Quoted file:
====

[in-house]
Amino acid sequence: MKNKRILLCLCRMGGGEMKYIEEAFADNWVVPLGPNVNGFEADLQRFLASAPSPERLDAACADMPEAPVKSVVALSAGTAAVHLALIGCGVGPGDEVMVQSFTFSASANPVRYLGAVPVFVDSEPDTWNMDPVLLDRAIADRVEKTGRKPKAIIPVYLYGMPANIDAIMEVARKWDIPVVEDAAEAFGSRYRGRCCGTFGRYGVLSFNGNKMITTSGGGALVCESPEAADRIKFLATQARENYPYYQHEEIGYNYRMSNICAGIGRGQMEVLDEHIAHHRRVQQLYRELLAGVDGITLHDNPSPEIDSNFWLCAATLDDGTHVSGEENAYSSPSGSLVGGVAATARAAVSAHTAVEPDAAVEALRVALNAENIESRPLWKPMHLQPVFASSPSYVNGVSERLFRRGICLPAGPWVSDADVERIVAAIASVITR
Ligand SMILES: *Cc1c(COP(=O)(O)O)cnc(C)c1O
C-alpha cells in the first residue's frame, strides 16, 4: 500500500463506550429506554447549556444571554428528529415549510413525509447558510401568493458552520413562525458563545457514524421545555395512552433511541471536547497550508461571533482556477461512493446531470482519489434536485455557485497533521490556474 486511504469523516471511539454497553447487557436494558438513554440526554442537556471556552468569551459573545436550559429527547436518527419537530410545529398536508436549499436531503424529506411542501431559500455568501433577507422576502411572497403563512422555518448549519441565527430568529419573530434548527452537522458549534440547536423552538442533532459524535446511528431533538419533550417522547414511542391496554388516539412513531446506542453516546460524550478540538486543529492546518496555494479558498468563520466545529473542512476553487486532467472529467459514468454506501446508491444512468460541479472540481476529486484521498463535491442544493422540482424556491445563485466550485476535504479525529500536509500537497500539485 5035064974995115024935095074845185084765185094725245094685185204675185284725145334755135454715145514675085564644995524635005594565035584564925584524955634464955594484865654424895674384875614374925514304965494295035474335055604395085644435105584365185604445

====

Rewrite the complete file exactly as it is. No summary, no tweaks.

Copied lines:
[in-house]
Amino acid sequence: MKNKRILLCLCRMGGGEMKYIEEAFADNWVVPLGPNVNGFEADLQRFLASAPSPERLDAACADMPEAPVKSVVALSAGTAAVHLALIGCGVGPGDEVMVQSFTFSASANPVRYLGAVPVFVDSEPDTWNMDPVLLDRAIADRVEKTGRKPKAIIPVYLYGMPANIDAIMEVARKWDIPVVEDAAEAFGSRYRGRCCGTFGRYGVLSFNGNKMITTSGGGALVCESPEAADRIKFLATQARENYPYYQHEEIGYNYRMSNICAGIGRGQMEVLDEHIAHHRRVQQLYRELLAGVDGITLHDNPSPEIDSNFWLCAATLDDGTHVSGEENAYSSPSGSLVGGVAATARAAVSAHTAVEPDAAVEALRVALNAENIESRPLWKPMHLQPVFASSPSYVNGVSERLFRRGICLPAGPWVSDADVERIVAAIASVITR
Ligand SMILES: *Cc1c(COP(=O)(O)O)cnc(C)c1O
C-alpha cells in the first residue's frame, strides 16, 4: 500500500463506550429506554447549556444571554428528529415549510413525509447558510401568493458552520413562525458563545457514524421545555395512552433511541471536547497550508461571533482556477461512493446531470482519489434536485455557485497533521490556474 486511504469523516471511539454497553447487557436494558438513554440526554442537556471556552468569551459573545436550559429527547436518527419537530410545529398536508436549499436531503424529506411542501431559500455568501433577507422576502411572497403563512422555518448549519441565527430568529419573530434548527452537522458549534440547536423552538442533532459524535446511528431533538419533550417522547414511542391496554388516539412513531446506542453516546460524550478540538486543529492546518496555494479558498468563520466545529473542512476553487486532467472529467459514468454506501446508491444512468460541479472540481476529486484521498463535491442544493422540482424556491445563485466550485476535504479525529500536509500537497500539485 5035064974995115024935095074845185084765185094725245094685185204675185284725145334755135454715145514675085564644995524635005594565035584564925584524955634464955594484865654424895674384875614374925514304965494295035474335055604395085644435105584365185604445